Tuesday, June 27, 2006

lies come and go

There are lies that come and go. They are told now and forgotten soon after. White lies, fat lies, funny lies are common accompaniment of some people. But all lies by and large come to pass. Put to rest and that’s it. The liars and those lied to simply move on as if no lies were said at all.

There are lies that the liars badly want come to pass and be laid to oblivion. Yet for one reason or another, there are instances when people by and large do not allow this or that lie to die. These people are both disturbing and irritating to the liar. They are the people who feel they simply cannot move on until the lie is proven. The liar is exposed.

There are still people who are adamantly against giving a public office, which is a public trust, to someone they perceive as a liar. Their reason is plain and logical: a liar holding a public trust is a blatant contradiction when this happen--and it can— the consequence is disastrous.

A public official perceived as a liar is disdained, disrespected and dishonored. What the official says is taken with much reservation. What the official does is met with big suspicion. The composite result is predictable: the official finds it difficult to govern, actually damages those governed, and eventually renders governance a big futility.

This is precisely the painful and pitiful societal phenomenon obtaining in the country today: the perceived lie is the result of the 2004 National Elections. The perceived liar is the proclaimed winner thereof. The actual and real loser is the majority of the people in the country.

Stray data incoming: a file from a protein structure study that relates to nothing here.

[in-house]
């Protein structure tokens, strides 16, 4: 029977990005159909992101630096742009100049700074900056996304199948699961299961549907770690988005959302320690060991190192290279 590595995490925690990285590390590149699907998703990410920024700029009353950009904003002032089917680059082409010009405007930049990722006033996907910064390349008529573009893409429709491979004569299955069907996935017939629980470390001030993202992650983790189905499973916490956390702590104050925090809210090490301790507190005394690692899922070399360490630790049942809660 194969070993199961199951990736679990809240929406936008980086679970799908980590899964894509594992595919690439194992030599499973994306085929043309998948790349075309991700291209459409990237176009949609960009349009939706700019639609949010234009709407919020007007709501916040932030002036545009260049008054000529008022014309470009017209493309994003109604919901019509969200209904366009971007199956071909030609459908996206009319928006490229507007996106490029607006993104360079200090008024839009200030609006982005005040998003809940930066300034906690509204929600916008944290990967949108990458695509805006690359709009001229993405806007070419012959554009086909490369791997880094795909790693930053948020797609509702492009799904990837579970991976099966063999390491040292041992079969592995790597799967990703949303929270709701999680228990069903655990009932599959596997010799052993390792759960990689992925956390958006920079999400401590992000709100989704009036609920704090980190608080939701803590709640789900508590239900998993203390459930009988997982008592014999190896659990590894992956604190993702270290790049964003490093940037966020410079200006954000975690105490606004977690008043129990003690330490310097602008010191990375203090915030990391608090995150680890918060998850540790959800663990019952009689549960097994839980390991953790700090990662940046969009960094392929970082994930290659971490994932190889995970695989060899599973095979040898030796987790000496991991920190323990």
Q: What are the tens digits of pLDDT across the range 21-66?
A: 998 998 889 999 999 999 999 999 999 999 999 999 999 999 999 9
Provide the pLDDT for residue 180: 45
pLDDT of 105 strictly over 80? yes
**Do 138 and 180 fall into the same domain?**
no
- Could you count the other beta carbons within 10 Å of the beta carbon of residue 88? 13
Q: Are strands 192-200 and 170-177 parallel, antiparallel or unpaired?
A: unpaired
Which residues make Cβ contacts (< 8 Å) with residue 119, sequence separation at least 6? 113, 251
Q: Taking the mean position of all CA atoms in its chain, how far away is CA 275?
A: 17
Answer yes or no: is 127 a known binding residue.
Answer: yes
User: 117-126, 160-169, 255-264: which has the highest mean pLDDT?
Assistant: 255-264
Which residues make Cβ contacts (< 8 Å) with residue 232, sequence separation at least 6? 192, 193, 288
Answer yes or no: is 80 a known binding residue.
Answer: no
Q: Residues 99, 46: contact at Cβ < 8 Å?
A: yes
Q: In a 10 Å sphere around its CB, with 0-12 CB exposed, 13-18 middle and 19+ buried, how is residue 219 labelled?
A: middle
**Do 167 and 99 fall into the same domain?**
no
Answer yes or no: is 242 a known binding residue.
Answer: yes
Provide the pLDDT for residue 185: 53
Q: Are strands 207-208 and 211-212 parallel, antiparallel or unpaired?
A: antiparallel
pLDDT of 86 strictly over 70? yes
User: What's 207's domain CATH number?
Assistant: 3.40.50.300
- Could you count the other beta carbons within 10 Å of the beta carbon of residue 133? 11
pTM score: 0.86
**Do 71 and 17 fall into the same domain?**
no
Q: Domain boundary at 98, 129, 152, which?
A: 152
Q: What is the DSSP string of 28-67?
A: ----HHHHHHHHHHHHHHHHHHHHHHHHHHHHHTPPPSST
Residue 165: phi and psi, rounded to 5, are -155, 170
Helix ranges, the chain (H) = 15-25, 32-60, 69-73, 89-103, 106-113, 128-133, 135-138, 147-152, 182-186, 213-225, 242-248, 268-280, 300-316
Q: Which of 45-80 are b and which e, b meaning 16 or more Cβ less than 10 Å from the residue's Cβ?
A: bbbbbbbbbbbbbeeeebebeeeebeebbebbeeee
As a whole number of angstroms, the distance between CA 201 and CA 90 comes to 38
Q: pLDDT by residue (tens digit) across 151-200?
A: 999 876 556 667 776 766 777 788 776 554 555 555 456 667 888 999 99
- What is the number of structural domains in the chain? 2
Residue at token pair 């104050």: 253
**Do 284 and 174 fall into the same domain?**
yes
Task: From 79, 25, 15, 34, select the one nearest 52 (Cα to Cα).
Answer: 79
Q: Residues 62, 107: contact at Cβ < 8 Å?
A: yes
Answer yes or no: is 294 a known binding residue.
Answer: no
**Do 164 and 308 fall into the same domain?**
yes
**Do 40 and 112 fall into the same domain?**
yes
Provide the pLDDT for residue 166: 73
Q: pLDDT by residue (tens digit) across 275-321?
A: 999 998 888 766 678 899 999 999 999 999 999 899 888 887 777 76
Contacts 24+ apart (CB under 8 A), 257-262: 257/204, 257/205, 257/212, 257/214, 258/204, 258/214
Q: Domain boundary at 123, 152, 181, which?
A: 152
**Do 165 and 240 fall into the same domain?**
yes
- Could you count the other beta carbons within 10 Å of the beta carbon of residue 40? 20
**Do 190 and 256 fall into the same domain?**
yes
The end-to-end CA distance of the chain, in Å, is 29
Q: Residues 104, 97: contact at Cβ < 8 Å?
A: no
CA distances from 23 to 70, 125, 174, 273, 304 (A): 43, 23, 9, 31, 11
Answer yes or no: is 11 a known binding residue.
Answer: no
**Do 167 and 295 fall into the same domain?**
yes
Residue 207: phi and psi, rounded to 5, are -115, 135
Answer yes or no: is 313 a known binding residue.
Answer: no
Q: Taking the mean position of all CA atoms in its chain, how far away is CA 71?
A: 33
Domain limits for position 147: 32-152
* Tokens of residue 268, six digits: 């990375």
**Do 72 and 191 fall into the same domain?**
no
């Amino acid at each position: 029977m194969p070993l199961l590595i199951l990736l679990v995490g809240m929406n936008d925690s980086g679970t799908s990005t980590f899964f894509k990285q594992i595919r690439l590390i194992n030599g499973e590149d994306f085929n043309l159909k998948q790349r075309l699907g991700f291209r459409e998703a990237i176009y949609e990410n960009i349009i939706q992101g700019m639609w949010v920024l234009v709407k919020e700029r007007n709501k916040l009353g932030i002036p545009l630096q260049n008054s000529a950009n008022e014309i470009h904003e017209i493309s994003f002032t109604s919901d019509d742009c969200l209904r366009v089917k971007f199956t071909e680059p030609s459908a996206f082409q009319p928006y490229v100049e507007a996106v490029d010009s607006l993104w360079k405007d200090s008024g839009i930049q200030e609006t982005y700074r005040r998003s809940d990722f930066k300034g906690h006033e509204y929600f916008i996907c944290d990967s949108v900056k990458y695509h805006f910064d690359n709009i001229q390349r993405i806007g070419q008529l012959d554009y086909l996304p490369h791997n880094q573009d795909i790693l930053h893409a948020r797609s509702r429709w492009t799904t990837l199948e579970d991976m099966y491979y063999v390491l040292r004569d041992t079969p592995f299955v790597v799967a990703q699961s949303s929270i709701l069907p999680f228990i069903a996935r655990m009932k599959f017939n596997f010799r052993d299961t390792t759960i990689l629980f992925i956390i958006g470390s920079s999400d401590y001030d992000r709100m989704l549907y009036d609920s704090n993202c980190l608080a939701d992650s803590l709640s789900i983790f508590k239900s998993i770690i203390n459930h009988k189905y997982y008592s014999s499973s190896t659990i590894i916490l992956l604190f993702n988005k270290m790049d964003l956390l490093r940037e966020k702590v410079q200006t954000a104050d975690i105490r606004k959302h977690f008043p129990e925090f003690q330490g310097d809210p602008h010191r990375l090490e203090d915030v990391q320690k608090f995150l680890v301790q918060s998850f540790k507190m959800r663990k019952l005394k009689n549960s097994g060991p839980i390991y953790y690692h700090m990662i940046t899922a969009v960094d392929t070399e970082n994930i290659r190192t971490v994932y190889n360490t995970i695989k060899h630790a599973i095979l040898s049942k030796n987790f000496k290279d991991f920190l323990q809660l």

That is why while the national economy is repeatedly proclaimed improving, national poverty is in fact increasing. That is why inspite of so many job fairs, a good number of people are either jobless or simply leave the country to earn a living. That is why inspite of its enormous power and influence, the national leadership feels insecure, evasive—and now in effect placed in the offensive mode with no less than an earmarked billion pesos to do it.

From bad to worse—this is the destiny of this country. And this worsening national situation is predicted to go on until the lie perceived by many people is resolved, until the liar perceived by the same people is exposed. To move on under such perceptions is a moral impossibility.

27 June 2006